Tuesday, June 18, 2024

What Should You Do if You Think Your Child Has Autism?

Autism spectrum disorder (ASD) affects approximately 1 in 66 children and youth in Canada. Though this is often an emotional diagnosis, it’s important to understand that proper evaluation, intervention, and treatment can help those with autism greatly improve their ability to communicate, cope, and accomplish daily tasks. The earlier you can diagnose your child’s autism, the better you can navigate their early education. Here are a few essential steps if you suspect that your child may have ASD.

Review the Signs of Autism

If you’re concerned that your child may have autism, the first thing you should do is review the common signs and symptoms of this condition. This will help you understand whether the concerning behaviors that you’ve witnessed are consistent with autism or likely point to something else. Autism can cause young children to miss developmental milestones like:

  • Responding to their name by 9 months of age.
  • Showing emotions like surprise, happiness, and sadness through facial expressions by 9 months of age.
  • Waving hello and goodbye and using other regular hand gestures by 12 months of age.
  • Playing interactive games like pat-a-cake by 12 months of age.
  • Pointing to objects of interest by 18 months of age.
  • Noticing when others are upset by 24 months of age.
  • Joining in play with other children by 36 months of age.
  • Playing games of pretend, like chef or doctor by 48 months of age.

Young children with autism may exhibit other signs of this condition, such as:

  • Avoiding eye contact.
  • Making repetitive movements like rocking, spinning, or flapping their hands.
  • Repeating the same phrases over and over.
  • Reacting dramatically to smells, sounds, or tastes they don’t like.
  • Demonstrating obsessive interests.
  • Following strict routines.
  • Arranging items like toys in a precise order and getting upset when the order is disrupted.

In older children, signs of autism may include:

  • Unusual speech patterns like repetitive phrases.
  • Having difficulty making friends.
  • Struggling to articulate how they feel.
  • Having a strict daily routine and getting very upset if things change.
  • Having trouble understanding what others think or feel.
  • Demonstrating an obsessive interest in an activity or subject.

Speak With Your Health Care Provider

Contact your child’s primary care provider and make an appointment to discuss your concerns. Your pediatrician can perform an initial assessment to determine whether your child may have autism. Health care providers can sometimes detect autism in children as young as 18 months. Consider taking along a list of unusual behaviors to help guide the conversation and properly detail your concerns. If your doctor suspects autism, you will want to proceed with a full assessment, as discussed below.

Contact Your School System

You don’t have to wait to complete a specialized autism assessment before you seek educational assistance. Your child is entitled to these services even if they don’t have an autism diagnosis. If your child is enrolled in school, reach out to the special education office for more information on available support services. Request a full assessment of your child’s social, emotional, behavioral, functional, motor, sensory, and communication skills. This will determine whether your child qualifies for an Individual Education Program (IEP).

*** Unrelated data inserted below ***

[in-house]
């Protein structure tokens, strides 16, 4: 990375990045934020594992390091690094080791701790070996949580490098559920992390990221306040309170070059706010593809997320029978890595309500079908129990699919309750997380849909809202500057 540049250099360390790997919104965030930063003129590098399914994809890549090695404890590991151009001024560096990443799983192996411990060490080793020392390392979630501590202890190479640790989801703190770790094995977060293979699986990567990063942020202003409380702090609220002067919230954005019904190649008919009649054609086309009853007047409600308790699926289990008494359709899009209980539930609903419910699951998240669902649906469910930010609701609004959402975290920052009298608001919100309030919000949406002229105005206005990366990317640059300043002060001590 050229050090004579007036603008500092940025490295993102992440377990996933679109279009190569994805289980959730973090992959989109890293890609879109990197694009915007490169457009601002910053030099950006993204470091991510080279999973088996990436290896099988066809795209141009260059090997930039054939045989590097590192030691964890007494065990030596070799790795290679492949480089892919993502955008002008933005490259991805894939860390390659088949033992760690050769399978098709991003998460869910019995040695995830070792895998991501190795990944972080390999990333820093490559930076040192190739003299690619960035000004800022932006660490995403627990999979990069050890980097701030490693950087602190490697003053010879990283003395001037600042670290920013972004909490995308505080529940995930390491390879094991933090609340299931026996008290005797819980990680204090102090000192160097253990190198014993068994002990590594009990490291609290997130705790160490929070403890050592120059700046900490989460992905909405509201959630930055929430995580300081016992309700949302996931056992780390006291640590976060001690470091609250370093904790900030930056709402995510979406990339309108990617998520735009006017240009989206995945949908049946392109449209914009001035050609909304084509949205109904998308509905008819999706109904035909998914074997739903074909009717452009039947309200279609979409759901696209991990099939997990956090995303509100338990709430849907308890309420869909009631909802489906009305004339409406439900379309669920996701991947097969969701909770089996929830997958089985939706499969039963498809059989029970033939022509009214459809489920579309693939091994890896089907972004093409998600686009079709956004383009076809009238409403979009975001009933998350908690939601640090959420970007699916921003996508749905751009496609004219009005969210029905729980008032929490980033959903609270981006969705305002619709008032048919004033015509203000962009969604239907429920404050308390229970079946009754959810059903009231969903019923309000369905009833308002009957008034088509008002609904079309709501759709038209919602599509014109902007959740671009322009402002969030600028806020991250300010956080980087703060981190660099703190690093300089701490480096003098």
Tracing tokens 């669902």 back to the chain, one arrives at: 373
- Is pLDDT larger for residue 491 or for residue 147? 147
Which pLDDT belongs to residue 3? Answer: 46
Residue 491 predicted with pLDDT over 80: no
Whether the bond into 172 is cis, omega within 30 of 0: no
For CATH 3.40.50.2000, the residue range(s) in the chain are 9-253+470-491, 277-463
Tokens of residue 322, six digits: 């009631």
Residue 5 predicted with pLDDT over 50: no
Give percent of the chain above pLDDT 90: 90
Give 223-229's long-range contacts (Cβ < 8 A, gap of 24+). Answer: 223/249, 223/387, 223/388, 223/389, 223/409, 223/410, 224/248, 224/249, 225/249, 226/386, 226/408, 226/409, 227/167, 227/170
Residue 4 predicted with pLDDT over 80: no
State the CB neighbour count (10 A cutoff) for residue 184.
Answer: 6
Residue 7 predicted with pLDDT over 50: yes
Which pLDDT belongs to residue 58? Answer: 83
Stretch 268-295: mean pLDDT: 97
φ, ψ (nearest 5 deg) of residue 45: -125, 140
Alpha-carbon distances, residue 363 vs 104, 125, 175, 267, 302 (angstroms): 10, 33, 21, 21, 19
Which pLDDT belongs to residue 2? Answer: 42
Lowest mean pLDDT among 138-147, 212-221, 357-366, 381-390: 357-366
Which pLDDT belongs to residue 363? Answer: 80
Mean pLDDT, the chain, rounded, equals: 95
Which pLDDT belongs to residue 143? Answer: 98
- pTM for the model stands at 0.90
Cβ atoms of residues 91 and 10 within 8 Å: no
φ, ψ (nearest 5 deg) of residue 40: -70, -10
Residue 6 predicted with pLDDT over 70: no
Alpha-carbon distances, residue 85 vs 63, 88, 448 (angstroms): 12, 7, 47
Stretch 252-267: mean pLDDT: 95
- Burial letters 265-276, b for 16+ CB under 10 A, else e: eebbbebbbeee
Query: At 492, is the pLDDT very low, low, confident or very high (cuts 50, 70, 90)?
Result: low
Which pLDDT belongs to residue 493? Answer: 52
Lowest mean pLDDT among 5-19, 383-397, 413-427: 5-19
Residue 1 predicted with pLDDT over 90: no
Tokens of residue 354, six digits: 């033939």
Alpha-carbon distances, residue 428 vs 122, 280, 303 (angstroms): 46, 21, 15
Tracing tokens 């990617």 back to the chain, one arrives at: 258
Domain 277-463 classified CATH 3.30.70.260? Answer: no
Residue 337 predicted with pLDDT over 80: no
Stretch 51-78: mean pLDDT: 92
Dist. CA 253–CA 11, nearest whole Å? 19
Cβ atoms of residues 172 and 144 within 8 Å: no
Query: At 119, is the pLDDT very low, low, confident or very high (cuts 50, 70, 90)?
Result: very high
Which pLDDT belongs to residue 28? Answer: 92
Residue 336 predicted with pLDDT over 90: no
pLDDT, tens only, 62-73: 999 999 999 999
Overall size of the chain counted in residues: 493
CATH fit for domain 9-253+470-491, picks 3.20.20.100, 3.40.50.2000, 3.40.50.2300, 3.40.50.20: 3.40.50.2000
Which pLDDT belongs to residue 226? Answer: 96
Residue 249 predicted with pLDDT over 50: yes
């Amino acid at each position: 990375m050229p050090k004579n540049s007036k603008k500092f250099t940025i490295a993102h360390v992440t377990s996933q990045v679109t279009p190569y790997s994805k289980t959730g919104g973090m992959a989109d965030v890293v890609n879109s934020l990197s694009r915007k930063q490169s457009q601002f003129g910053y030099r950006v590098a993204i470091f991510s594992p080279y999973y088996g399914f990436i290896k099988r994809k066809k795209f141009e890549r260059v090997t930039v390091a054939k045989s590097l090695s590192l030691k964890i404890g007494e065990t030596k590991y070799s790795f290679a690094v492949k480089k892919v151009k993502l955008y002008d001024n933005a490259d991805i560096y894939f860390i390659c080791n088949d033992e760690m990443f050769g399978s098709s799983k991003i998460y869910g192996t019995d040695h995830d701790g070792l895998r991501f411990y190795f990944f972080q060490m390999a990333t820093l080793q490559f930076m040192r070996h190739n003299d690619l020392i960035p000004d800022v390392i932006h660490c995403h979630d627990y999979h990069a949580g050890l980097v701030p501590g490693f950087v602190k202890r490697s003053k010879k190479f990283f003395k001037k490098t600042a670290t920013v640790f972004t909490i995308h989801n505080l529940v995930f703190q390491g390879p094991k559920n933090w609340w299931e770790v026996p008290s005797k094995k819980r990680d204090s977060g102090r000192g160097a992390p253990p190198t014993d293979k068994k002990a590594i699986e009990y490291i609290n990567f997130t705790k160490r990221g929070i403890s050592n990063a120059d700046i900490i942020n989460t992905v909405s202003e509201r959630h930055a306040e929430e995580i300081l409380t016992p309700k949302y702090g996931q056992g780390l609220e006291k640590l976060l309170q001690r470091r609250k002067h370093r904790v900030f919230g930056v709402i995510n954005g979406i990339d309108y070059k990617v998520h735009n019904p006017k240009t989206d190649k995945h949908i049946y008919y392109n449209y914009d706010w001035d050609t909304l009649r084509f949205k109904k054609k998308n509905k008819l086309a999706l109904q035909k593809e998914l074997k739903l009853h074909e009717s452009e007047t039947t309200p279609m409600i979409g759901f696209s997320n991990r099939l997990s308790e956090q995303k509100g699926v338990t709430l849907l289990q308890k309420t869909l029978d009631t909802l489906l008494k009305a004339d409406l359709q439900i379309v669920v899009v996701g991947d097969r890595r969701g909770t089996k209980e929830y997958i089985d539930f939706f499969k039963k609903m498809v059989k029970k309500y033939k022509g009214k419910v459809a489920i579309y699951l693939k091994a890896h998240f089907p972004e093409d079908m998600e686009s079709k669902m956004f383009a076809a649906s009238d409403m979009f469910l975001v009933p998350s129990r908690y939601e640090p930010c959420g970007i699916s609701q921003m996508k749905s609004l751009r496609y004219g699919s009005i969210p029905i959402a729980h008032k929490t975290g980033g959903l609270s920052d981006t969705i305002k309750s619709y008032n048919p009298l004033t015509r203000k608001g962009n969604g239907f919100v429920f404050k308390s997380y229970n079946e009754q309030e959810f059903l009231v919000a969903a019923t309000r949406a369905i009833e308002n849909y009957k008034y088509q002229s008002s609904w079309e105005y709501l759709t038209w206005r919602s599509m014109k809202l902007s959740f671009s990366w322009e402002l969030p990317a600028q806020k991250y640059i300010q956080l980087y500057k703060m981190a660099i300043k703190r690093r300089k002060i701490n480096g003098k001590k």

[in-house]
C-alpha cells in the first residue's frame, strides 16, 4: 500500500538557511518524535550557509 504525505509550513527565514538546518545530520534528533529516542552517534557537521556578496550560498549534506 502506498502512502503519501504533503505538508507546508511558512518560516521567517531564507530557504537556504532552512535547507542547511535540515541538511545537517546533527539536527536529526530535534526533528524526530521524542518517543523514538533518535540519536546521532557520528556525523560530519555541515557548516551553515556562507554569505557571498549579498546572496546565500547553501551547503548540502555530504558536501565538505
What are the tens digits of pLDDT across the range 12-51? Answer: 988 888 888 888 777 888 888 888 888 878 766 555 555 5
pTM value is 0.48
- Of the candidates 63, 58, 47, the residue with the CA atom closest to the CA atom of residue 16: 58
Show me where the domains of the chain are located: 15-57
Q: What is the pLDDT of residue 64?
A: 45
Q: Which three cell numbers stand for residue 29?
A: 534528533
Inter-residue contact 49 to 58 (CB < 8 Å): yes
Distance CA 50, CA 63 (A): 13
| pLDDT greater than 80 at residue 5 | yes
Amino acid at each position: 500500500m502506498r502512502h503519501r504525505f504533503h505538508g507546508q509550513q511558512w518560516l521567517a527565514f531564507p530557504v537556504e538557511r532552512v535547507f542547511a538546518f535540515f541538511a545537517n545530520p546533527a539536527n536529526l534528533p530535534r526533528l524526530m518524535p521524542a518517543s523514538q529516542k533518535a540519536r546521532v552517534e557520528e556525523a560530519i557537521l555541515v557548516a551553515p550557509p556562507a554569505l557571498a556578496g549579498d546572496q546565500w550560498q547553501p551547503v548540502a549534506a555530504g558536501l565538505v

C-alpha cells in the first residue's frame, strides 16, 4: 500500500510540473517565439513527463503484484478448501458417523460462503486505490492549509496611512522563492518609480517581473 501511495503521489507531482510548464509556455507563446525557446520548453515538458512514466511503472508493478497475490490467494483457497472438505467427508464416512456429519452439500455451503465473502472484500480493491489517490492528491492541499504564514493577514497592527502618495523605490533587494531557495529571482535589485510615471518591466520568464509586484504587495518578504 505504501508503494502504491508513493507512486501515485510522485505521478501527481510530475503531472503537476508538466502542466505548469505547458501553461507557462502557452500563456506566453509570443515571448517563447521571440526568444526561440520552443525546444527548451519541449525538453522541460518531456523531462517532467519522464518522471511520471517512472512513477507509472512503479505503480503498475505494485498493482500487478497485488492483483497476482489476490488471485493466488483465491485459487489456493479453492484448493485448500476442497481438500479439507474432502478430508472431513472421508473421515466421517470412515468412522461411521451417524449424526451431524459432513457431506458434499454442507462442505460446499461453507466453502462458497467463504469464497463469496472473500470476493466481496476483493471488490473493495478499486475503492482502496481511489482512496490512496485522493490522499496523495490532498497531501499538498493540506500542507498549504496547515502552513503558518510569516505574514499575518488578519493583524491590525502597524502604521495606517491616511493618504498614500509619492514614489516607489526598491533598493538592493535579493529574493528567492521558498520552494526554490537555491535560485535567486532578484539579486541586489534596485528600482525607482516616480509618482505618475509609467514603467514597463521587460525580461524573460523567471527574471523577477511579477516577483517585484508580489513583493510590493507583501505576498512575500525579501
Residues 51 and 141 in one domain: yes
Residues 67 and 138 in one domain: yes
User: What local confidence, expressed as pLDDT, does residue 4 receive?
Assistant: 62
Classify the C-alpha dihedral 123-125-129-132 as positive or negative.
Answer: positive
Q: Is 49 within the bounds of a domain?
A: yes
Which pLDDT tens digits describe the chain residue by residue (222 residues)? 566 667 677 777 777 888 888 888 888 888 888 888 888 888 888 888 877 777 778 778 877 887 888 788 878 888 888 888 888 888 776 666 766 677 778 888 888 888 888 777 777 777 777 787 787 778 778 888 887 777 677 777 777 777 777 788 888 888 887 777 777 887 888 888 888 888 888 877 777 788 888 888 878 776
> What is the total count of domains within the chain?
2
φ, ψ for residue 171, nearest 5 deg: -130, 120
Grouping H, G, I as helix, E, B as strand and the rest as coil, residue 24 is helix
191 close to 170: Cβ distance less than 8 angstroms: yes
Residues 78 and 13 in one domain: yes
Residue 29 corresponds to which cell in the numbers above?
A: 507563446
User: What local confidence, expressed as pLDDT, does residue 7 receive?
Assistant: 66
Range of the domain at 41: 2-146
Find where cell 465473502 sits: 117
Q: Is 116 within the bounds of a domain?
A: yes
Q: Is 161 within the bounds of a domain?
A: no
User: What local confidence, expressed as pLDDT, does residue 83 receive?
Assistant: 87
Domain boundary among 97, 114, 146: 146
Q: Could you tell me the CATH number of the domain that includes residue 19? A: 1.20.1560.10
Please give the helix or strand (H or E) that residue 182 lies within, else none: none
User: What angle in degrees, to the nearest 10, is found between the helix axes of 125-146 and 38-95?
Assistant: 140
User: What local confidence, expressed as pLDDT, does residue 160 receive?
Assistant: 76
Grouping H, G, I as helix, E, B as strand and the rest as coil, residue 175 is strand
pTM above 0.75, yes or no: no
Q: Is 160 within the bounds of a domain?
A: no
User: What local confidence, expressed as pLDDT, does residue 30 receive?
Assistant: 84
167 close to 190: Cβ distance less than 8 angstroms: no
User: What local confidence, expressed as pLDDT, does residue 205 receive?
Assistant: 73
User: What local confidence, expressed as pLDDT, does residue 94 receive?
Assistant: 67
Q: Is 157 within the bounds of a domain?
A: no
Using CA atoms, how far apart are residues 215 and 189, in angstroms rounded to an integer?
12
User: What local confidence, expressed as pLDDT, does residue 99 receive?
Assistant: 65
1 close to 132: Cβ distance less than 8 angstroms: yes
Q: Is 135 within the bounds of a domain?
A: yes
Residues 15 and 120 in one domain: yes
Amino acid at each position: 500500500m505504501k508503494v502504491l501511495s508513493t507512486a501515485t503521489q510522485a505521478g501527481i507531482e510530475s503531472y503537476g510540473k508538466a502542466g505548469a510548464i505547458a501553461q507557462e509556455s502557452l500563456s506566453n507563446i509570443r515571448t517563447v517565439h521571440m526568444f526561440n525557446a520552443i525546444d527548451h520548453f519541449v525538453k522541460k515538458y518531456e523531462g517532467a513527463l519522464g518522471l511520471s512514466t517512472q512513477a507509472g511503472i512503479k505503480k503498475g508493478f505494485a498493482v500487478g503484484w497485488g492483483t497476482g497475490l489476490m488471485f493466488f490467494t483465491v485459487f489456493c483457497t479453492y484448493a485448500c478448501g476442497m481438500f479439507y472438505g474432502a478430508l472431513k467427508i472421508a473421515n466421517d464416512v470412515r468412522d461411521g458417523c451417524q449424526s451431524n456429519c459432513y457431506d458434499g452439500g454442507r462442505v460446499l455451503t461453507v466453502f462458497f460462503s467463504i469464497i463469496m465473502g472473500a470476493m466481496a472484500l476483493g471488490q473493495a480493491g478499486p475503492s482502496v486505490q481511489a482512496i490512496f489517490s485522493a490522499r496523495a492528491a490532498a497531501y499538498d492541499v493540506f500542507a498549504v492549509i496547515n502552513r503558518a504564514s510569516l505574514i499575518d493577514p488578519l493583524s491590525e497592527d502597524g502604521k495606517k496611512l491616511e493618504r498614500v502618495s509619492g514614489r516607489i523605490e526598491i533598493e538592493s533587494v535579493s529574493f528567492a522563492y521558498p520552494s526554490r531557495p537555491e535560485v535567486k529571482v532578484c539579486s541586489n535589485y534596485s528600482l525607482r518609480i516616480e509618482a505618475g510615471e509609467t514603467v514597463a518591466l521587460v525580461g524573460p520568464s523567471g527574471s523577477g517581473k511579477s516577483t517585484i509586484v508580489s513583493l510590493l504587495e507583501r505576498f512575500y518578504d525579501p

If your child has special health care needs or a disability of any kind, they are entitled to assistance via an IEP, regardless of whether their final diagnosis indicates autism or not. The IEP can provide a number of accommodations, including extra test time, participation in a small group setting, speech therapy, counseling, occupational therapy, headphones to minimize loud noises, fidget toys in the classroom, and more.

Schedule an Assessment

Your pediatrician can refer you to a specialist who is qualified to perform an in-depth assessment which will assist in getting your child autism help. During this assessment, the team will observe your child’s behaviors, such as how they play and how they interact with others. They will complete a standard physical evaluation and review your child’s medical records, including any referral information. If you have additional reports, such as paperwork from the school or your child’s day care facility, bring these along as well.

As the parent, you’re a valuable source of information on your child’s behavior. Expect to answer several questions. The team may also ask you to complete a questionnaire about your child. If you’ve taken notes on your child’s habits and behaviors, bring these along as they will provide valuable insights.

Speak with a health care provider promptly if you suspect your child has autism so you can get the help and support that you need as soon as possible. The right services can make a noticeable difference for your family.

Kellie Kearney
Kellie Kearneyhttps://mylittlebabog.com/
Hi! I'm Kellie, a mammy of six vibrant youngsters. Juggling the roles of stay-at-home parent, I share honest stories and parenting fails. You'll often find me as a mum bun wearer, professional cake eater, and also a coffee lover. My typical day involves navigating through parenting challenges, whether it's enticing my little ones with a tempting custard cream, googling our next adventure, or eagerly awaiting Joe's return home. Join me on this rollercoaster journey of love, chaos, and laughter!

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